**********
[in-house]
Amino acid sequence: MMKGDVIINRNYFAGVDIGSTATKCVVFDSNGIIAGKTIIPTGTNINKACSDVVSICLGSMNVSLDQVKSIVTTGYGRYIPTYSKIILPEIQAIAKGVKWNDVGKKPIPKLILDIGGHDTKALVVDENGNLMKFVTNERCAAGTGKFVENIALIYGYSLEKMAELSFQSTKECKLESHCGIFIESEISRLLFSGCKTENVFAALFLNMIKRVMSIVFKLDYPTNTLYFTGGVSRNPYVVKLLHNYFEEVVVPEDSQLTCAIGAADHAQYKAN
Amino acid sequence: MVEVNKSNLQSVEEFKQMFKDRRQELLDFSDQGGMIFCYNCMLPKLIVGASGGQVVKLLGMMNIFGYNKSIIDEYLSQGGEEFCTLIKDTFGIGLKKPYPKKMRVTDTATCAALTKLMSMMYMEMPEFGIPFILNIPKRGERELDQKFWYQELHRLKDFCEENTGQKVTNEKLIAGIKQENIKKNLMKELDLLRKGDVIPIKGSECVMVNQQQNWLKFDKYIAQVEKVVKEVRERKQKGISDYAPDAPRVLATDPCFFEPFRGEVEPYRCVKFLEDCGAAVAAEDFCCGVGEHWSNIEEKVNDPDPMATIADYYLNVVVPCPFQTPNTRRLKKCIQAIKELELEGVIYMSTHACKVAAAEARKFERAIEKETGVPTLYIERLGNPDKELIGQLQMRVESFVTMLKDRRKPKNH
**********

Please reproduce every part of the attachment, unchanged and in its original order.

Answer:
[in-house]
Amino acid sequence: MMKGDVIINRNYFAGVDIGSTATKCVVFDSNGIIAGKTIIPTGTNINKACSDVVSICLGSMNVSLDQVKSIVTTGYGRYIPTYSKIILPEIQAIAKGVKWNDVGKKPIPKLILDIGGHDTKALVVDENGNLMKFVTNERCAAGTGKFVENIALIYGYSLEKMAELSFQSTKECKLESHCGIFIESEISRLLFSGCKTENVFAALFLNMIKRVMSIVFKLDYPTNTLYFTGGVSRNPYVVKLLHNYFEEVVVPEDSQLTCAIGAADHAQYKAN
Amino acid sequence: MVEVNKSNLQSVEEFKQMFKDRRQELLDFSDQGGMIFCYNCMLPKLIVGASGGQVVKLLGMMNIFGYNKSIIDEYLSQGGEEFCTLIKDTFGIGLKKPYPKKMRVTDTATCAALTKLMSMMYMEMPEFGIPFILNIPKRGERELDQKFWYQELHRLKDFCEENTGQKVTNEKLIAGIKQENIKKNLMKELDLLRKGDVIPIKGSECVMVNQQQNWLKFDKYIAQVEKVVKEVRERKQKGISDYAPDAPRVLATDPCFFEPFRGEVEPYRCVKFLEDCGAAVAAEDFCCGVGEHWSNIEEKVNDPDPMATIADYYLNVVVPCPFQTPNTRRLKKCIQAIKELELEGVIYMSTHACKVAAAEARKFERAIEKETGVPTLYIERLGNPDKELIGQLQMRVESFVTMLKDRRKPKNH